It is an astonishing list of the accomplished that Austria has given the world.
Composers such as Mozart, Strauss, Schubert, Haydn. Bankers like the Rothschilds. Mendel, the geneticist. The poet Rilke, Klimt the great artist, Otto Preminger the acclaimed film director, Thomas Vanek the leading scorer in the National Hockey League.
Yes, an Austrian is the leading scorer in the game Canada invented and America sells.
It is a remarkable story: a 29-year-old Austrian running away with the scoring race in the early going, his 19 points entering the Buffalo Sabres' Tuesday night game against the Ottawa Senators three points in front of Tampa Bay's Steven Stamkos, six ahead of Pittsburgh's Sidney Crosby and seven in front of last year's Art Ross Trophy winner, Penguins forward Evgeni Malkin.
"It's a lot of luck," Vanek says. "Let's be honest. There's going to be times when you have the same games and end up with zero."
But not lately, not when playing on a line with 30-year-old Jason Pominville of Repentigny, Que.,and 22-year-old Cody Hodgson of tiny Haliburton, Ont.
"In this game," says the quiet Austrian, "you can't do anything on your own. It's a cliché but it's true. You've got to have good linemates."
Vanek and Pominville played well as a pair last year but lacked the sort of centre who could do his own hard digging and cash in on the often-surprising passes that come from the two slick wingers.
"I'm just trying to fit in," Hodgson says. "They do a great job getting pucks to me. I just try to complement them."
"We found the right middle," Vanek says.
"They've got great chemistry," says Buffalo head coach Lindy Ruff. "They just seem to know where each other's at right now."
Ruff says that people should hardly be as surprised by Vanek's rise as they often seem to be. This is his eighth season in the league and he has never scored less than 25 goals.
"He's always sort of seemed under-rated," Ruff says.
"He's just got an intensity about him," says Hodgson of his high-scoring linemate.
"Dangerous every time he touches the puck," adds Ruff. "He's dynamic. He's as dangerous as any player in this league."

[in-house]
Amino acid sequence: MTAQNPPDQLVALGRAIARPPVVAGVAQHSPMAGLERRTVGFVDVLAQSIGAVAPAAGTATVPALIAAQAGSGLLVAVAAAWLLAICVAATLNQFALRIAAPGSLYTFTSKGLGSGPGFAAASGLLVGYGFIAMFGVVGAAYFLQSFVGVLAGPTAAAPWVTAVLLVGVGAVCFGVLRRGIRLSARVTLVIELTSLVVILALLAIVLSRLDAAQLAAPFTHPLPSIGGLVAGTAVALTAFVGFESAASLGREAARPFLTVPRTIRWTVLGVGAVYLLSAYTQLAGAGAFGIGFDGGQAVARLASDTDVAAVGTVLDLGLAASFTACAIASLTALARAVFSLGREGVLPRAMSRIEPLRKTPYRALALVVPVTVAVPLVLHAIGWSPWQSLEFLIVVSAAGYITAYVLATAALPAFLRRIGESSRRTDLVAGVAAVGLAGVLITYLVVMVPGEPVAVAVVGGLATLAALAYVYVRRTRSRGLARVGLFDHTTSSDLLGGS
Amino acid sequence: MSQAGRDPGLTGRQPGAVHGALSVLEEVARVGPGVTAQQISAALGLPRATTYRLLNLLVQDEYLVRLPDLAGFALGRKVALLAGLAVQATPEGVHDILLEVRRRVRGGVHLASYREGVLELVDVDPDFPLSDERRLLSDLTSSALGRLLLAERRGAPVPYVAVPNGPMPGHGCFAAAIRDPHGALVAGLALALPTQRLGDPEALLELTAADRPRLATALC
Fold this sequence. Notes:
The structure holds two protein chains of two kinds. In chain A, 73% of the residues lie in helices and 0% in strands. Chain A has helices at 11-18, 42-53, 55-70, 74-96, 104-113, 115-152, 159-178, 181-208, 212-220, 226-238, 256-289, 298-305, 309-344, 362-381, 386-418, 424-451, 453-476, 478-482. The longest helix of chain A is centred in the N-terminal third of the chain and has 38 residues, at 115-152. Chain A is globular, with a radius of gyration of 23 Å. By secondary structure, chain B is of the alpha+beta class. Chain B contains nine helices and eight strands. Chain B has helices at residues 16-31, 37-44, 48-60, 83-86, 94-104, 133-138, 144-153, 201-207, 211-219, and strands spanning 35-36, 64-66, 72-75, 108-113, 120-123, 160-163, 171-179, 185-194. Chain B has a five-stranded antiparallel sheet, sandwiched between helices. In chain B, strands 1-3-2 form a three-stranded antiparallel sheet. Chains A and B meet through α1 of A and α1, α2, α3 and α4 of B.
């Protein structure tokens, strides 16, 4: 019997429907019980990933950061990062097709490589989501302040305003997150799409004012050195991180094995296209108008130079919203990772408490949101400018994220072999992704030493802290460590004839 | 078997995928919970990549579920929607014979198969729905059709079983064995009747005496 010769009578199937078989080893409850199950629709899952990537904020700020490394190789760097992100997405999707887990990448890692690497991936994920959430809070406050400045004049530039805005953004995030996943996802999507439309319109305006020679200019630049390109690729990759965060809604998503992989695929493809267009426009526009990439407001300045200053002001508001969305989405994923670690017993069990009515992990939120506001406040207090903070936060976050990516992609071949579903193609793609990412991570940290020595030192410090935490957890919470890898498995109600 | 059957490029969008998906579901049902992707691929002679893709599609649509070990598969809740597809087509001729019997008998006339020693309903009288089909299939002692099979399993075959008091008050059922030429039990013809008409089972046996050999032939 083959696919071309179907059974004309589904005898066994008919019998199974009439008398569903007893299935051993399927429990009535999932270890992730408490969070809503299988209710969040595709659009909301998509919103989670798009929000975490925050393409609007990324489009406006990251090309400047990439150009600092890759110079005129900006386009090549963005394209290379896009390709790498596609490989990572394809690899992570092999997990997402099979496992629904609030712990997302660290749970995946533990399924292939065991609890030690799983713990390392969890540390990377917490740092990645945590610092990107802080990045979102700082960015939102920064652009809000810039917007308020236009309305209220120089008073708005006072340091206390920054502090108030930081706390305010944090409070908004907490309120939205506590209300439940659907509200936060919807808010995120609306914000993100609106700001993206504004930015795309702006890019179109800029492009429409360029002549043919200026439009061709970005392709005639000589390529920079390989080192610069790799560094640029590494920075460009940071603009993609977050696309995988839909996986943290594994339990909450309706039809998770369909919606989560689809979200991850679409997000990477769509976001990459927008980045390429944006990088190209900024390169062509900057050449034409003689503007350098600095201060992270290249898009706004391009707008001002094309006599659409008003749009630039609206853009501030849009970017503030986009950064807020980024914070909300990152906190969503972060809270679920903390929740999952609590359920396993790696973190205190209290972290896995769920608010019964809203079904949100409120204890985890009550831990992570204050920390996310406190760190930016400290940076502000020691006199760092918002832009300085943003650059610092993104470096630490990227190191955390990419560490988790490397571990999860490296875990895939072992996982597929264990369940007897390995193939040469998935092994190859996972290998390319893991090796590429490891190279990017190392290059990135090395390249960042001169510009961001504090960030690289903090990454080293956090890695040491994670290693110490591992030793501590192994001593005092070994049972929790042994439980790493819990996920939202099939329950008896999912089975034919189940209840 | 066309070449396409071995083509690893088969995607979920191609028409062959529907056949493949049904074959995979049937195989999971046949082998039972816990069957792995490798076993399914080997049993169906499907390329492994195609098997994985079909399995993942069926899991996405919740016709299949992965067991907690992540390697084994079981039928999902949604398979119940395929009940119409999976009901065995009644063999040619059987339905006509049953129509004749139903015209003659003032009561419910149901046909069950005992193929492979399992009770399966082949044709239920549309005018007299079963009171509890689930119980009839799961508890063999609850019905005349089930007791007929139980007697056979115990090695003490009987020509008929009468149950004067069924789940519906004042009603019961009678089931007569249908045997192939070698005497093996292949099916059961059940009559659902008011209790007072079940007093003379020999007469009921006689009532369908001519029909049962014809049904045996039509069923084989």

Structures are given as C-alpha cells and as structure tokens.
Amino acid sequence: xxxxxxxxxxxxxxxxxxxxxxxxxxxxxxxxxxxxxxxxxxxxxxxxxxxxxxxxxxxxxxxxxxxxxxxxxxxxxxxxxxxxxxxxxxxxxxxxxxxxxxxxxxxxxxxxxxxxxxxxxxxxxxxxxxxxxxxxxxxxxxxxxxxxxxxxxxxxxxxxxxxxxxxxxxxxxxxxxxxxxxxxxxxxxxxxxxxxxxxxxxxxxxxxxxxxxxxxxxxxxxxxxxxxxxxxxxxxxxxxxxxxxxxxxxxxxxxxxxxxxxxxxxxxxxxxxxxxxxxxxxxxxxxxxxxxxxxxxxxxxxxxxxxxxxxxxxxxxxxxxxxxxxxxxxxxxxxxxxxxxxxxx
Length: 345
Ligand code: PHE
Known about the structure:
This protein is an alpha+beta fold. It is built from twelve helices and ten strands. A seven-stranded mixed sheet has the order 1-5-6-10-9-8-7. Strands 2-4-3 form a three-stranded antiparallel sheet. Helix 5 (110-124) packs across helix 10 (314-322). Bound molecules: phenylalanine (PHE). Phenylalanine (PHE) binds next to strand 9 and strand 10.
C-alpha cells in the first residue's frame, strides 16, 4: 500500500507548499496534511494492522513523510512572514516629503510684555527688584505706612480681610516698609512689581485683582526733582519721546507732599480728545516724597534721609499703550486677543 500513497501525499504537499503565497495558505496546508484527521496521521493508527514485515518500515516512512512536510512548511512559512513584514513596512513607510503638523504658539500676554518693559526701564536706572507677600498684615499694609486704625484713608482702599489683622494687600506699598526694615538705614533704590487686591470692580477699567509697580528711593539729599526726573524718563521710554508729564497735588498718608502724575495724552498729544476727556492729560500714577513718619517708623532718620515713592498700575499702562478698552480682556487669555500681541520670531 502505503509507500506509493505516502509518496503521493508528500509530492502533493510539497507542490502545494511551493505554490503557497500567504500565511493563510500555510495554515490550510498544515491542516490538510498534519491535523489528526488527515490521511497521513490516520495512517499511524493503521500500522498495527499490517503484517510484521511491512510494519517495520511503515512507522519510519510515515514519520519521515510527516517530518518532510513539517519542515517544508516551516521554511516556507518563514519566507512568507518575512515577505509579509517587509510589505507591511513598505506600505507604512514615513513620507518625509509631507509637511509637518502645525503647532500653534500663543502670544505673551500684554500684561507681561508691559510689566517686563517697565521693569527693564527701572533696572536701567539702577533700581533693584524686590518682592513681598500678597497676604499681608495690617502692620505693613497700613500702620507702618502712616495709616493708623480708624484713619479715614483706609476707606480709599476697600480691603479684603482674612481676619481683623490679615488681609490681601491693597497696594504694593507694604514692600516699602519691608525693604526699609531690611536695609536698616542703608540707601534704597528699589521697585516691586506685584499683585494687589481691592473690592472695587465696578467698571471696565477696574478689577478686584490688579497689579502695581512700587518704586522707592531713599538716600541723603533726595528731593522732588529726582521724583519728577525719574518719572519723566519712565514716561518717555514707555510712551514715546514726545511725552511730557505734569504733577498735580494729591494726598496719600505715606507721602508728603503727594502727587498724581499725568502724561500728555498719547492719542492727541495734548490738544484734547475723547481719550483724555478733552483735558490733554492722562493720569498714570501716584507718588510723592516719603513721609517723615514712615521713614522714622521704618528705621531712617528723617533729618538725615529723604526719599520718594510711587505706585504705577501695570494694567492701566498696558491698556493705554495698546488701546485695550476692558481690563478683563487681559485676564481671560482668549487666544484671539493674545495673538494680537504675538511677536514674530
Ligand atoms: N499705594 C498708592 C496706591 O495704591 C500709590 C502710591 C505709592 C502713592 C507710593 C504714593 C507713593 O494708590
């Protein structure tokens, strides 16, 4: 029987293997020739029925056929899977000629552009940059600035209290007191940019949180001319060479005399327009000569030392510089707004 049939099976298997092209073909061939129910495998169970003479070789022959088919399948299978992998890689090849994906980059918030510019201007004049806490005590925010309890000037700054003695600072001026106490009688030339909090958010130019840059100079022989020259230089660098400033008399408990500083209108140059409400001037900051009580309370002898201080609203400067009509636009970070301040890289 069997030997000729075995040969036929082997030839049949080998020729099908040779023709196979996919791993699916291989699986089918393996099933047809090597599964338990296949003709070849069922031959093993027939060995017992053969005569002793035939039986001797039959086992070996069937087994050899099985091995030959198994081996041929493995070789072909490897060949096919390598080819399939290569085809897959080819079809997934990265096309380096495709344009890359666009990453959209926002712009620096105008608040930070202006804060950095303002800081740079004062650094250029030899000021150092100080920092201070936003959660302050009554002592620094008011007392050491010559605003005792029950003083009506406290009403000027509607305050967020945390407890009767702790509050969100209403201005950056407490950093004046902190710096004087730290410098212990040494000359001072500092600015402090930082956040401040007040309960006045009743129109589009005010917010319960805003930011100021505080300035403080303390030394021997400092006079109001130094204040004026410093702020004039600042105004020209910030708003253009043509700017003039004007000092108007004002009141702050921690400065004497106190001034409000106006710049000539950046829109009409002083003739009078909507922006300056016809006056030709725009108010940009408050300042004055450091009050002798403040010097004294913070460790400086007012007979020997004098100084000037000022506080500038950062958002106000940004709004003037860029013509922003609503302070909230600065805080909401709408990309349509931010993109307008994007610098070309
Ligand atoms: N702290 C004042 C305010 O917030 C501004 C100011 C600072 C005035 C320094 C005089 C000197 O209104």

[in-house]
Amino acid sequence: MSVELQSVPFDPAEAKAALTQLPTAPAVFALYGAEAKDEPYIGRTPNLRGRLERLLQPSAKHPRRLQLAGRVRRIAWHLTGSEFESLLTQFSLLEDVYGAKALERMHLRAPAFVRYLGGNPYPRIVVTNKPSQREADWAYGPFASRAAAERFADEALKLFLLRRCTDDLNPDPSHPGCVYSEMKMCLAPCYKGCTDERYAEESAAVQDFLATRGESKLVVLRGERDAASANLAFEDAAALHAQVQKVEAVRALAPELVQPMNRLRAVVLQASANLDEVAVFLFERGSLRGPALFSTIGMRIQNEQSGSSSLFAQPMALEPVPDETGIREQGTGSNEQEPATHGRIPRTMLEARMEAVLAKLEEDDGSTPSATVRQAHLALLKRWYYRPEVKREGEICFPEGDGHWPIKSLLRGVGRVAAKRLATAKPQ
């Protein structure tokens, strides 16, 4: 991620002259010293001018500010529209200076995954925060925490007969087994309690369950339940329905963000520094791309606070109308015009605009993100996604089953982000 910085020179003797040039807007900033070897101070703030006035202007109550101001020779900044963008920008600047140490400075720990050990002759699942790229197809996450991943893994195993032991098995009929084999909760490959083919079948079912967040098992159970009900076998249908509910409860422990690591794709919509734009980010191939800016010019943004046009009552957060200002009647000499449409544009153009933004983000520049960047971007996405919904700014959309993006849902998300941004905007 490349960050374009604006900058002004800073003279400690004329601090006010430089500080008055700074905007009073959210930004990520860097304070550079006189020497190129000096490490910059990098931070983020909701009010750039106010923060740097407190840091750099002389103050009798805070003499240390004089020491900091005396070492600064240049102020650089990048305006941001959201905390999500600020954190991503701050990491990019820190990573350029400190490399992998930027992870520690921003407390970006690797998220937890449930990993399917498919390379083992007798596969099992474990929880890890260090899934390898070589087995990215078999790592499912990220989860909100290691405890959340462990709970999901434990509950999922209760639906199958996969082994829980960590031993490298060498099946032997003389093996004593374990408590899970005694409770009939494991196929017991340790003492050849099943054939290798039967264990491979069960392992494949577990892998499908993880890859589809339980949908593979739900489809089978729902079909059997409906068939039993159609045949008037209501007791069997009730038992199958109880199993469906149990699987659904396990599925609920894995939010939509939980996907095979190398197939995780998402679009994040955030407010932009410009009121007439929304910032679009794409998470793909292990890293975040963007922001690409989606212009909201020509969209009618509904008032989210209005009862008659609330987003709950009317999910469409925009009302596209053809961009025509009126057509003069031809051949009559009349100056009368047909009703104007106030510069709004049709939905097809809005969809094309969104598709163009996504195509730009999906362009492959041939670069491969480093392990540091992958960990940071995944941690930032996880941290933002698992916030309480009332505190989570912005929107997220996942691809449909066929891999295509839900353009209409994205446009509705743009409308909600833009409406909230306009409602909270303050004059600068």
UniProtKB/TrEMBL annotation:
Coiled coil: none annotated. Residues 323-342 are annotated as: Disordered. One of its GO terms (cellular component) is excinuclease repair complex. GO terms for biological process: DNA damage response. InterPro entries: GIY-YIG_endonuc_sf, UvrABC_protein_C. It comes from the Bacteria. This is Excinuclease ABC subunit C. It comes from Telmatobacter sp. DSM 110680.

Vanek was born in Vienna and played his minor hockey in Austria. His father had moved there from Czechoslovakia and began a professional hockey career that took the family to several different centres.
At 14, showing enormous promise as a player, young Vanek moved to the United States and played high school and junior hockey in Sioux Falls, S.D., and then college hockey for the University of Minnesota Golden Gophers, where he led them to the National Collegiate Athletic Association national championship.
In 2003, Vanek was the fifth overall draft pick when Buffalo selected him in the amateur draft. A year later, he was playing for Austria in the world championships.
(In an intriguing twist, he was wooed by Slovakia, as his mother comes from there. Had Vanek's scoring touch been available to the Slovaks in the 2010 Vancouver Winter Games, Canada might not be the defending Olympic champions. He chose Austria, his birthplace, and has remained loyal ever since, even returning to play in the country during the 2012 lockout.)
In the NHL, Vanek's skills and strength – and remarkable ability to tip shots into nets – were quickly noticed. He had a tremendous season in 2006-07 when he scored 43 goals and had the top plus-minus (plus 47) in the NHL. The Edmonton Oilers came after him as his contract in Buffalo ran out, signing him to a seven-year, $50-million (all currency U.S.) offer sheet that the outraged Sabres felt they had to match, having already lost star forwards Daniel Brière and Chris Drury to free agency.
With his first season paying a stunning $10-million – and the current season coming in at $6.4-million – Vanek's play has been closely scrutinized, and often criticized, by fans, especially when his scoring slipped badly in the first year of the deal.
But that was then and this is now. He rides at the top of NHL scoring and, barring injuries, should remain at or near the top for the shortened season.
Where his Buffalo Sabres end up is another matter. They came into this game against the Ottawa Senators with an unimpressive 3-5-1 record and decided to start backup goaltender Jhonas Enroth, who was unimpressive in a 4-3 loss.
The Senators scored easily on him – Erik Karlsson, Chris Phillips, Daniel Alfredsson and Chris Neil – while the Sabres could only mount a third-period comeback that came up just short on goals by Tyler Ennis, Jordan Leopold and Pominville.
Vanek, for once, could not supply his usual goal a game.
"The tough part," he says, "is that the team is not doing as well as I would like."
It's fun being the top scorer – but not much fun getting scored on so often.